Impress Me With Your Shinies

Yesterday, in response to the RPG Blog Carnival on making loot part of the plot, I talked about the kinds of plots that a piece of loot could be used to create, whether it’s in the hand, or still out there in the bush somewhere. But the thing about item-based plots, particularly if the plot is around getting or maintaining possession of the item, is that they work a lot better when the item itself is interesting enough to keep the attention of the people who have to deal with it.

So what makes a sufficiently fascinating piece of loot? Your audience may vary, but here’s what works for me.

Give it a backstory. That doesn’t necessarily mean making it a world-breaking object of great power once used in a battle that decided the fate of the world and so on and so forth. They’re nice, but they’re a crutch, and not near so much fun to find out about later. What matters is that this is an item with a definite history—its properties, its condition, its tendency to cause random bards or setting equivalents thereof to start engaging in fannish behavior the first time it comes in line of sight (come to think of it, that would make an interesting power), or whatever its major backstory tie-in schtick is point me in the direction of a good story.

Connect it to my backstory. It’s the fastest way to gain a sense of attachment—after all, not only does it give the character warm fuzzies (or an urge to destroy, or whatever), but it also tells me that, well, you read my backstory and remembered at least one of the little detaily-bits I was hoping you’d pick up on. Connection to in-game events works as well, though it’s likelier to evoke pride than player warm-fuzzies, at least from me. (Sometimes it goes both ways; one of my characters at one point lucked into a peculiarly posthumous gift from a head of household she’d both idolized and had to help destroy.)

Make it quirky, mechanics-wise—it doesn’t have to be unique, just interesting, maybe something that I can try to find applications for that weren’t in the mechanics, maybe something unusual (either in general or relative to the type of item that it is), or if you’re feeling ambitious and it’s the right kind of world, you might consider sentience. One of my favorite D&D item designs, for my second character in a rather short-lived game, was one such, based on an existing DMG item—only instead of the sword of subtlety, we had the warmace of subtlety. (Trust me, it made sense on the character.)

Make it take additional work to master. I had two characters who, early on in their respective games, acquired rather unique items—one was a book written in half a dozen layers of code by one of the most paranoid spymasters known to the world, the other a puzzle-weapon that added powers as its owner located its components—and I loved those things to bits. Making the character earn the mastery of the item—whether that’s decoding, hunting down lost pieces, making friends with an intelligent magic object, learning the rituals to coax another one’s spirit into materializing, whatever—gives them something to be curious about, which keeps their interest.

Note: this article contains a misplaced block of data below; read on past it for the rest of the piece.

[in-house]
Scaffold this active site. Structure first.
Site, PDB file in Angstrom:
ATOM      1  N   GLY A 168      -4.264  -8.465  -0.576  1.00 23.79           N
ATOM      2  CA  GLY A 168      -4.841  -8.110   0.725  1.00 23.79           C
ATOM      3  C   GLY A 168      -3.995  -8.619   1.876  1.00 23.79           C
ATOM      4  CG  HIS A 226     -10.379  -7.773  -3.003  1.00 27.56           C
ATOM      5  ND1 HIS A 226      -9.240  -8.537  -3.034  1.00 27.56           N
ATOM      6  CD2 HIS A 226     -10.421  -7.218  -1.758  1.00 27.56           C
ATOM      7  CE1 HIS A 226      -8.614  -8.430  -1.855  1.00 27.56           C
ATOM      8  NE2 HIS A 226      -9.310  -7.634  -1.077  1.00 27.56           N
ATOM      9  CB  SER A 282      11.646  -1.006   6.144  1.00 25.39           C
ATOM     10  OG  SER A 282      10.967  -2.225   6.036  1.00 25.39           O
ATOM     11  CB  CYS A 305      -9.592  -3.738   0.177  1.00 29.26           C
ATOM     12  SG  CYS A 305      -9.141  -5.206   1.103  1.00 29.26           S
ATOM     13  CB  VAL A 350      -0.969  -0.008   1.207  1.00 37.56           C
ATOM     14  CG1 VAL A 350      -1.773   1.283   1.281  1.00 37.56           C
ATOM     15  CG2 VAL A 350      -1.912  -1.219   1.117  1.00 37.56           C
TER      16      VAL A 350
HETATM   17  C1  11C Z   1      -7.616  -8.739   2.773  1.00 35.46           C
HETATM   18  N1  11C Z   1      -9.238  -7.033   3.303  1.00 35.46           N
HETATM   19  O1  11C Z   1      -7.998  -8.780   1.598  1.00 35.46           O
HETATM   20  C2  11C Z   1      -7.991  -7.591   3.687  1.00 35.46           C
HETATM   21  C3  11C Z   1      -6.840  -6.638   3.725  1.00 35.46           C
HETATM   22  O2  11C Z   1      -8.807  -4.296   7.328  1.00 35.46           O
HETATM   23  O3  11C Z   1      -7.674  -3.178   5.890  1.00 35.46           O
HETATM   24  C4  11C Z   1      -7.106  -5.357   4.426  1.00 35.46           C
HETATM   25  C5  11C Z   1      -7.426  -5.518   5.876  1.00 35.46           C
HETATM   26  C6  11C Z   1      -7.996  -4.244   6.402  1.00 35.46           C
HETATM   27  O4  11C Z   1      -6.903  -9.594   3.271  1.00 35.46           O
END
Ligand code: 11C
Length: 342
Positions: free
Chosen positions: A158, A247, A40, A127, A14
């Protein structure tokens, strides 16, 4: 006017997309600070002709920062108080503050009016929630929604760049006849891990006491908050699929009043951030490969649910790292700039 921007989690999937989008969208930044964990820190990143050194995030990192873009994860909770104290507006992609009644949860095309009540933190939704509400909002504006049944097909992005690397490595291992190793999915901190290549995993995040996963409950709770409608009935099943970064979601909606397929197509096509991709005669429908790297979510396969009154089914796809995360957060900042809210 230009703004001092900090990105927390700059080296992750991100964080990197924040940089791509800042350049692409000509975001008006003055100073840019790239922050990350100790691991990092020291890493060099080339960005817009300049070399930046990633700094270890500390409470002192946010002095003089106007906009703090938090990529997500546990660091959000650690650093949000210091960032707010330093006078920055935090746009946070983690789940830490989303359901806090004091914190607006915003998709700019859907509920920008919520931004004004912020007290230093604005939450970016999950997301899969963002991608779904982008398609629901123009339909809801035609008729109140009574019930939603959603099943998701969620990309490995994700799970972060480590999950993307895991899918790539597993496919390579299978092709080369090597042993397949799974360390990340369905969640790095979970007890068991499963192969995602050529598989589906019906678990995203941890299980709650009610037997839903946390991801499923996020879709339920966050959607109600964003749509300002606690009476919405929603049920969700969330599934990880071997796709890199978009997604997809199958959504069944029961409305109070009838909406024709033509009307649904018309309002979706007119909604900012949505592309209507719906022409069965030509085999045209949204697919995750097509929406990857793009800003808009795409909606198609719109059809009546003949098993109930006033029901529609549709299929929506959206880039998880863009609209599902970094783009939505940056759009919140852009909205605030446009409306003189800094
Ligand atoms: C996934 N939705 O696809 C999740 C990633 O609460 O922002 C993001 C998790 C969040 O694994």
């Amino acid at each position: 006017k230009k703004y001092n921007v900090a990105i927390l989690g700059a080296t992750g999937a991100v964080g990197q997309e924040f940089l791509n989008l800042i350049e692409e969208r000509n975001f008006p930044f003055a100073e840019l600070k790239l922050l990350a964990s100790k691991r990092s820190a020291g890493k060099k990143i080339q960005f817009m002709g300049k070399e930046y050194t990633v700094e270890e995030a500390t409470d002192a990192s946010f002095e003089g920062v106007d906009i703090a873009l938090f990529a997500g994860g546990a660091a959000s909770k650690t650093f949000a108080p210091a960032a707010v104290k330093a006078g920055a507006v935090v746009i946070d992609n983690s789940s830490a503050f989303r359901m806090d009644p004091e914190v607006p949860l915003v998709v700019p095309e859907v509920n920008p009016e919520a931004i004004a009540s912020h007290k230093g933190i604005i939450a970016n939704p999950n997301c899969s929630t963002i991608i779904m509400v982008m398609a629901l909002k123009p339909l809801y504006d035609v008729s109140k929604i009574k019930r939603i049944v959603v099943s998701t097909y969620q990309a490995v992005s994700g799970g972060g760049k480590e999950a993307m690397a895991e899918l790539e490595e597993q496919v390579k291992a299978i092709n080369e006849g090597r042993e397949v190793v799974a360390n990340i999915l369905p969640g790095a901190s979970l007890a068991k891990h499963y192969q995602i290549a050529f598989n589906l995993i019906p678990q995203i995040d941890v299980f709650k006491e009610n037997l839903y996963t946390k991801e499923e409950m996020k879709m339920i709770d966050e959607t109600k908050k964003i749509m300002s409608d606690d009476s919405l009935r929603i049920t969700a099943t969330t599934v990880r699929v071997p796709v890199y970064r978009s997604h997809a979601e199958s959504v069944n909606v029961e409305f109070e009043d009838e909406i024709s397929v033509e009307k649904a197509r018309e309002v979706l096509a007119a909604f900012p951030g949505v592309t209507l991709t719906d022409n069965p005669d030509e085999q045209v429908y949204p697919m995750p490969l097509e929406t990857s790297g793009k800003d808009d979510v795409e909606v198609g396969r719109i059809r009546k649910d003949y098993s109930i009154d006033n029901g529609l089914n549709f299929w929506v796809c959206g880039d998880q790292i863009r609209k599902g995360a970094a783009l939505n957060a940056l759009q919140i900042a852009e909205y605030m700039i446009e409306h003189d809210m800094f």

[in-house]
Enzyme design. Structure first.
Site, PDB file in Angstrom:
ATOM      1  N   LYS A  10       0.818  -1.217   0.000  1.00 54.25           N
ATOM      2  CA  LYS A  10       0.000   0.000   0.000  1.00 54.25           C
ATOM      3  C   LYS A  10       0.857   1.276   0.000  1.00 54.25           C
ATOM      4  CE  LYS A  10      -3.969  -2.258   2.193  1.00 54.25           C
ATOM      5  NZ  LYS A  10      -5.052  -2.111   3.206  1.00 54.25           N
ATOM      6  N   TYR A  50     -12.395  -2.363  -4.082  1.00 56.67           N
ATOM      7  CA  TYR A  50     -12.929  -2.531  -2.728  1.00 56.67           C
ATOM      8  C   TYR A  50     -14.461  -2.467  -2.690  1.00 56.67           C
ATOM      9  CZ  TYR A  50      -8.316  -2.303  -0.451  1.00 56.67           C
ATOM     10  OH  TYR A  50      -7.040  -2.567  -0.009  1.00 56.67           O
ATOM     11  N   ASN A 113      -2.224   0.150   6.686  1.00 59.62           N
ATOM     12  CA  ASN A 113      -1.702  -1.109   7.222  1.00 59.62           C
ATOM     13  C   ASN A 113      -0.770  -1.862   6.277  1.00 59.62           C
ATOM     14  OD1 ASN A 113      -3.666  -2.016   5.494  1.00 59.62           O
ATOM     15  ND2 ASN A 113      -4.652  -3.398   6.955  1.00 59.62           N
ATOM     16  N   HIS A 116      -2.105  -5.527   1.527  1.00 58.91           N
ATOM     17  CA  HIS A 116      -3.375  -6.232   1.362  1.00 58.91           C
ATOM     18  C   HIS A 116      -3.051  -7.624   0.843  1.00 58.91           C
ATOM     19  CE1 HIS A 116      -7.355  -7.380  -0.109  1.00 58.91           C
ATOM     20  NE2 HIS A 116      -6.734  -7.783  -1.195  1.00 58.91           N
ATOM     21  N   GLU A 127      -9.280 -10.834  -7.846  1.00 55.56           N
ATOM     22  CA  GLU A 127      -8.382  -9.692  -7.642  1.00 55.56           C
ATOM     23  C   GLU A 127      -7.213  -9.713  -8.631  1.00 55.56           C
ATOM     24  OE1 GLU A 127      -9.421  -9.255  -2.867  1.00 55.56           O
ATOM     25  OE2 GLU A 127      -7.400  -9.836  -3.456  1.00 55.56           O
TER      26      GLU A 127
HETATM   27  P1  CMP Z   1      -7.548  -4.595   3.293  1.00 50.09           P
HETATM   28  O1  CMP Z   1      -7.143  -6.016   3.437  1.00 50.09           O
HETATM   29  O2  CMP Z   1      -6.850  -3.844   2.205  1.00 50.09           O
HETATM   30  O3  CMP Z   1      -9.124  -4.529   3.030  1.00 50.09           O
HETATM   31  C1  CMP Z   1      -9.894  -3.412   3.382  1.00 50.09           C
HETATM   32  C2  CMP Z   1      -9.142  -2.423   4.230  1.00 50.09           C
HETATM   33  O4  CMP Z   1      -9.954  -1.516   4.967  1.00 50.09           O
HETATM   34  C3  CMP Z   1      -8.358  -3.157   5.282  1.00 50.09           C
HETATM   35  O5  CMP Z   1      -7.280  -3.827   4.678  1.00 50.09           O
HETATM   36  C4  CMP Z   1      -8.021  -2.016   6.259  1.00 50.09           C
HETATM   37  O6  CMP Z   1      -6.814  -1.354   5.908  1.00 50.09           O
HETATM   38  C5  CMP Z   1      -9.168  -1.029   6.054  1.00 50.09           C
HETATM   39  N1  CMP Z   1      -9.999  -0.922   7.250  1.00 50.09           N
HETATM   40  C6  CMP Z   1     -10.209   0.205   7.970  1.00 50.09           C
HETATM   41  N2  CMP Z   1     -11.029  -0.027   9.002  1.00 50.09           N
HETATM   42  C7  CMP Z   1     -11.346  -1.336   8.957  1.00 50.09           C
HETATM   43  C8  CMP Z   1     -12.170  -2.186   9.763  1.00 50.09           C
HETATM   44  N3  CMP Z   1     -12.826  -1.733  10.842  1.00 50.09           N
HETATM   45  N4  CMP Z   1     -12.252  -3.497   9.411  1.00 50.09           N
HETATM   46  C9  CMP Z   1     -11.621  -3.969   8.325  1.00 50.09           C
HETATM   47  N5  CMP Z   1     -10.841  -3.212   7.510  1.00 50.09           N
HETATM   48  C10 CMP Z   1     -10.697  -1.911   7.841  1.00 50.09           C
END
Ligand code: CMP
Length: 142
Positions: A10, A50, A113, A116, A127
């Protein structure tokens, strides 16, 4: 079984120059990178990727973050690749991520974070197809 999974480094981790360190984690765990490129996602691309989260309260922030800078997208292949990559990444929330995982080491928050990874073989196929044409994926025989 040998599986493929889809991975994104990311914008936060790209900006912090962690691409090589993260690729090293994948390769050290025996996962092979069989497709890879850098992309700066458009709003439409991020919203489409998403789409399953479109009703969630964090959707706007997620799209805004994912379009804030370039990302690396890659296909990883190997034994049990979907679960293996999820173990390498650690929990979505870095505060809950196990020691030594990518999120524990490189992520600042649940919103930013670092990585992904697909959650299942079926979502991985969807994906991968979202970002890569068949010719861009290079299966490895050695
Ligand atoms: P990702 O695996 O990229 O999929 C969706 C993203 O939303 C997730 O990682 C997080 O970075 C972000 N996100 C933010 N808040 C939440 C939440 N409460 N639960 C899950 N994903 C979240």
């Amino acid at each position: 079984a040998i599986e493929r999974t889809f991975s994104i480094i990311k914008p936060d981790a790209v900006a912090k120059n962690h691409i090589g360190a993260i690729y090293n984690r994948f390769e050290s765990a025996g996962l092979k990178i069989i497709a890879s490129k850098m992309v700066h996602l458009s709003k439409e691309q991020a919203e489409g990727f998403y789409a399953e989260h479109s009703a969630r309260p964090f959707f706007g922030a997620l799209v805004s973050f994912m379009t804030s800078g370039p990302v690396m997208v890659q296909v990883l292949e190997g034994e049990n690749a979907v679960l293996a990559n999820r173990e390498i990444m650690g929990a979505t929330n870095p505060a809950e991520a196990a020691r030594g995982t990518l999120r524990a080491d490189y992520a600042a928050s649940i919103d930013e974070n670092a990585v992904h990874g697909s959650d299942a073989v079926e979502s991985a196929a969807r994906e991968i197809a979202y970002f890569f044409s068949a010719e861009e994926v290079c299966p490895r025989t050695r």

Make it, well, shiny. A sufficiently spectacular design, particularly if you can make sure I can tell exactly how spectacular it is, can make up for a multitude of failings—it’s not as cool as the other categories, but at least I can tell you put some work into it.

Failing all that, let me—or at the very least, one of my fellow players—design it. In my experience, the pride in ownership that comes from having created one’s own swag, at least to some degree, can give a player a tight connection to an item. If it’s one of the other players—okay, that might not influence me quite as much, but it’ll certainly give them an attachment: probably a good idea if the plot the item is dragging us into is mine. If you’ve got someone in the group hooked on item design, take advantage of it!

You don’t need to do everything on the list, fortunately. But incorporating one or two of the above suggestions can give your loot a real edge.


  1. UZ says:

    Not my own invention, but I remember something from Grimtooth’s Traps that I always liked – hivemind money.

    It looked like regular money, gold coins with a denomination on one side and a picture of a brain on the other. Individual coins were not intelligent on their own, but the more you brought together the smarter they were, until they started exerting an influence on whoever carried them.

    The nice thing about this as a weird loot is that it has many possibilities, for the following reasons:
    - PCs usually want money, and the few who don’t want to keep it usually donate it to a church or a charity which is just as effective
    - Even if the influence of the money is very obvious, it may take ages for the players to figure out what’s going on unless they’re in the habit of examining individual coins
    - You can decide the agenda of the hivemind, good or bad or frivolous or completely alien
    - The allegorical possibilities are nearly endless

    So think about it! Brain money. Imagine an economy controlled by the stuff, where poor people have free will but no purchasing power and rich people have the illusion of power but are more or less beasts of burden.

  2. Ravyn says:

    This I like!

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